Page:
Spanish life is not always likeable but it is compellingly loveable.
- Christopher Howse: A Pilgrim in Spain.
Well, better late than never . . . .
At 10.10 this morning - a tad late - my daughter and I presented ourselves at the notary office, to effect the donación mentioned last week. They suggested we go for a coffee as they weren't ready for us. We returned to the office at 10.30 and were taken to a side room, where we waited 10 minutes. A young woman came and asked us for all the documents my daughter had already sent copies of. When I asked if there wasn't already a draft document to look at, she murmured something about not having had time. Ten or fifteen minutes later, she returned with a draft. It was wrong in two material ways and so we asked for it to be re-done. She came back with the final document and we read and approved it. After another 10 minutes, the notary appeared and went quickly through the document. He expressed surprise that I was resident in Galicia and then displayed his (unsurprising) ignorance of Galician law around the tax on transfer of assets. He told us we neededto go to the Madrid tax office to pay the small amount of tax payable on the transaction. We signed, he went away and directed us towards a clerk. The latter gave us the original, 2 copies and a nice large envelope. Plus a bill for €290. As usual, no one displayed any understanding of the time we'd had wasted, either before or during the visit to the office. And no one gave us an explanation of why 15 minutes of a notary's time cost almost €300. No wonder it's a sought-after job. Even if it must be excruciatingly boring.
By the way . . . This notary was recommended to my daughter by 2 friends as one of the best in Madrid.
Before going to the Tax Office, we visited the Thyssen and had lunch. Then we checked on the office hours of the Tax Office. It had closed at 2pm for the day. And I go back to Pontevedra tonight. On a train that leaves at 10.14 . . .
So, with that major moan out of the way . . . .
Life in Spain:-
- See above.
- Trouble is brewing in respect of Cataluña. What the regional government is doing there is undoubtedly illegal but the question is what on earth can Madrid do about it.
- The Constitutional Court has declared illegal a 2012 tax amnesty designed to allow corrupt politicians to legalise their 'savings' outside the country. But interim settlements won't be affected. See here for more on this bizarre development.
- Although most museums and galleries in Spain are closed on Mondays, the Thyssen was not only open but free today. And visiting it was a pleasure. Unlike Saturday's visit to an exhibition of Escher 's wonderful stuff in a place into which far too many visitors had been allowed to crowd.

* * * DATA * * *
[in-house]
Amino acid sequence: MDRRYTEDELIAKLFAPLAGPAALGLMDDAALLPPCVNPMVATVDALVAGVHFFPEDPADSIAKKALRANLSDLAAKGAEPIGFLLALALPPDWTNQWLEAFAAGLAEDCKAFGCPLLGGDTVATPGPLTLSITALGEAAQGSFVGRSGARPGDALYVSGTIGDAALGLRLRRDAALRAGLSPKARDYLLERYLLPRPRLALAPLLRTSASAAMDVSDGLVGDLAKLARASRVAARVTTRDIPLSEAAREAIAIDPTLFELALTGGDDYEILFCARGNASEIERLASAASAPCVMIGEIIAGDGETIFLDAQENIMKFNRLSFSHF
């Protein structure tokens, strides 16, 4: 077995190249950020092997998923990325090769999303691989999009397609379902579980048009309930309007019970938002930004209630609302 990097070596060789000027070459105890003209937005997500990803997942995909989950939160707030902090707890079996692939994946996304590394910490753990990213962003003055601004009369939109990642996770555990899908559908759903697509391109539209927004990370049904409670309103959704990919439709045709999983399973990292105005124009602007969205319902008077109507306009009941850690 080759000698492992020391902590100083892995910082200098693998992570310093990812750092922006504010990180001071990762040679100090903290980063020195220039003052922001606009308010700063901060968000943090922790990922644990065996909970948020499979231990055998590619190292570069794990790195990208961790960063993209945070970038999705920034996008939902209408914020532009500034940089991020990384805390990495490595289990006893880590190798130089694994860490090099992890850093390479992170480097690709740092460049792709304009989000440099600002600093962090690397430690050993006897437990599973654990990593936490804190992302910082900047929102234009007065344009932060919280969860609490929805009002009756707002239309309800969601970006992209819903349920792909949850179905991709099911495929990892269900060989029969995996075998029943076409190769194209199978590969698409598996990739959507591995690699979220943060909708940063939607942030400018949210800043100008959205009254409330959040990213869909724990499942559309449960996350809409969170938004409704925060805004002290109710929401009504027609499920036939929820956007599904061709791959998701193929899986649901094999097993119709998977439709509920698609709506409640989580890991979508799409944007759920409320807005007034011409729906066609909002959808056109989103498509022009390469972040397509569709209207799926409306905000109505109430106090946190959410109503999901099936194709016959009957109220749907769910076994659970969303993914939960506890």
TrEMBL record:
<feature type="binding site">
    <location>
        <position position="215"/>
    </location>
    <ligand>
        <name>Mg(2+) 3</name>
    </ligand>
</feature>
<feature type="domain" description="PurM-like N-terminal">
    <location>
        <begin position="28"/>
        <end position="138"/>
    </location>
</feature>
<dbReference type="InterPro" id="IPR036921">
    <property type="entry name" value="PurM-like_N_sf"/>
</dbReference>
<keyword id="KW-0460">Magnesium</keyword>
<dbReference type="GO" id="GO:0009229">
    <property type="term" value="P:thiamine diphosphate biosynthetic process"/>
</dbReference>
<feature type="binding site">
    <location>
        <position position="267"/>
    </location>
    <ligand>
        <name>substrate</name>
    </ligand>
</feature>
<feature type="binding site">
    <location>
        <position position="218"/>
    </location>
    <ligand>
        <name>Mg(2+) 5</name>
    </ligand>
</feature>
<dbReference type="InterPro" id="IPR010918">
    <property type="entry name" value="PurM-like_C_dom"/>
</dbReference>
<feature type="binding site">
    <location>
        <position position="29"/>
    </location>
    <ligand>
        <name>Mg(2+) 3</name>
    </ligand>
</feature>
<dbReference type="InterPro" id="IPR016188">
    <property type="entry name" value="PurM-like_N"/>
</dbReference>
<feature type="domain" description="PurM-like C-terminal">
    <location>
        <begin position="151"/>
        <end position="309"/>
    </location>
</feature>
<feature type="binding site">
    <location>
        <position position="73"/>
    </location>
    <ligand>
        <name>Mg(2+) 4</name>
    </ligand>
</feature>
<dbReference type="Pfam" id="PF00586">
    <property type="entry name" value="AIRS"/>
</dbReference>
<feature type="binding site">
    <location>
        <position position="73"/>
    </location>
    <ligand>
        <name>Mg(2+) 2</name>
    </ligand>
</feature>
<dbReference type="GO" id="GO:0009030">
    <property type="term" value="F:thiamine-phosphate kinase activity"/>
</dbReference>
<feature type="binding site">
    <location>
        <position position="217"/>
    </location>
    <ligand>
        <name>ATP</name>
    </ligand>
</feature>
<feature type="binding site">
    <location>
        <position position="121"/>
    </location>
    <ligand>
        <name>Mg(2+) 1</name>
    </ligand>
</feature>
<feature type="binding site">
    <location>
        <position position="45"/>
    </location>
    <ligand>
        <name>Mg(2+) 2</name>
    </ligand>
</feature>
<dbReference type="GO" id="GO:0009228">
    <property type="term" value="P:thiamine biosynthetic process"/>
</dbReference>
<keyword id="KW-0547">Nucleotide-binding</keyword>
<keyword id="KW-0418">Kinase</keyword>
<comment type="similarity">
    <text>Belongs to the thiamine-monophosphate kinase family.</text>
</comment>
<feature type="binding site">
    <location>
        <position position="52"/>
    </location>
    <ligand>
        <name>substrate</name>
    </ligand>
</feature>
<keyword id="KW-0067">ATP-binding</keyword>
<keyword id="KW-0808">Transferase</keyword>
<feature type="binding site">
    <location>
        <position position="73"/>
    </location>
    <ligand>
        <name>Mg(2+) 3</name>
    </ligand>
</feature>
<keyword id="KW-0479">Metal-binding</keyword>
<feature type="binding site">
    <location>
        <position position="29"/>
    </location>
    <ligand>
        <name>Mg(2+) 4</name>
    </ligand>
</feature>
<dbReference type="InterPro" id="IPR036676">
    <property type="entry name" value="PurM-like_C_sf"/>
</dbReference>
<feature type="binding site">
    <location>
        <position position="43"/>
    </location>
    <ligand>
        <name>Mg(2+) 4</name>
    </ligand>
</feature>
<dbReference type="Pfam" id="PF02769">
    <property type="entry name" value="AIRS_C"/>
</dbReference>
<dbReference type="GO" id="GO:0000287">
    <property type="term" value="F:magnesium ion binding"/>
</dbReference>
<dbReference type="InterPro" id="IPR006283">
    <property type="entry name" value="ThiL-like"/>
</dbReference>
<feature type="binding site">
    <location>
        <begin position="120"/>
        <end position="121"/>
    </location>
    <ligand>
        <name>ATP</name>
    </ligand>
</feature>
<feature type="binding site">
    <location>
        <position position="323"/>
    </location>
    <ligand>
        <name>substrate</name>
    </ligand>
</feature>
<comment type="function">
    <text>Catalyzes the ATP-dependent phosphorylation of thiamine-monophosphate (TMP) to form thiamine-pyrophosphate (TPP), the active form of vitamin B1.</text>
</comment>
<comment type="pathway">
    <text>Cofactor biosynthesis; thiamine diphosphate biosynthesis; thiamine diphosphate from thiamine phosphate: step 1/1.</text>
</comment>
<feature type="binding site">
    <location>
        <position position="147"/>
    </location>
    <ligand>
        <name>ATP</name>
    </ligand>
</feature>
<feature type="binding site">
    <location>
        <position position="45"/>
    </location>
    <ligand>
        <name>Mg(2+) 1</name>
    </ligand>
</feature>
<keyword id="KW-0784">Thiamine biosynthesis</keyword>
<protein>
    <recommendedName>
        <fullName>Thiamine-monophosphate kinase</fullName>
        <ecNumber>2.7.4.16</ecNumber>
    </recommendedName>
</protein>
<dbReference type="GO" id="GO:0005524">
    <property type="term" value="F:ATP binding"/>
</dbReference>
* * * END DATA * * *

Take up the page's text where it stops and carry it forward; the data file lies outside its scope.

- Madrid is awash with border collies. Clearly the 'in' dog here.
- In 1887 several people were arrested in Madrid for making noise after midnight. How times have changed.
- On the Metro this morning, we didn't see any of the new signs warning against 'manspreading:-
So I did it . .
My daughter is a fluent speaker of Spanish and, like all of us, occasionally can't recall the English word she wants. More amusingly, she volunteered that she's mistakenly come up with 'I arrove' instead of 'I arrived'. Twice! Waste of a private education.
If you want to have a decent idea of what's happening in respect of Brexit, click here for the comments of the only person in the UK who really seems to know what's going on. And who - despite being a long-time Brexiteer - is very, very, unhappy with things.
For Gallego speakers, the equivalent phrase provided by one of my daughter's friends for 'insult to injury' (see the top of this post) is Enriba da cona un corte. Which I should perhaps just translate as 'Another gash on top of the first one'. That said, my closest Gallego-speaking friend says it's new to him. But there's actually a Facebook page. Albeit with nowt on it.
Did you know there's a blocking app that can protect you from the distraction of the internet? It's called Freedom. Though it might only work with Mac devices.
Finally . . . Donald Trump's planned visit to the UK might seems to be off. He's reported to have told the (current) Prime Minister he won't come if there are large protests against him. Well, if these weren't going to happen before, they certainly will now. As the Telegraph puts it it: British public opinion about the American President is not overwhelmingly positive. October had been the probable date for it but now his visit is sine die.
So life is not all bad.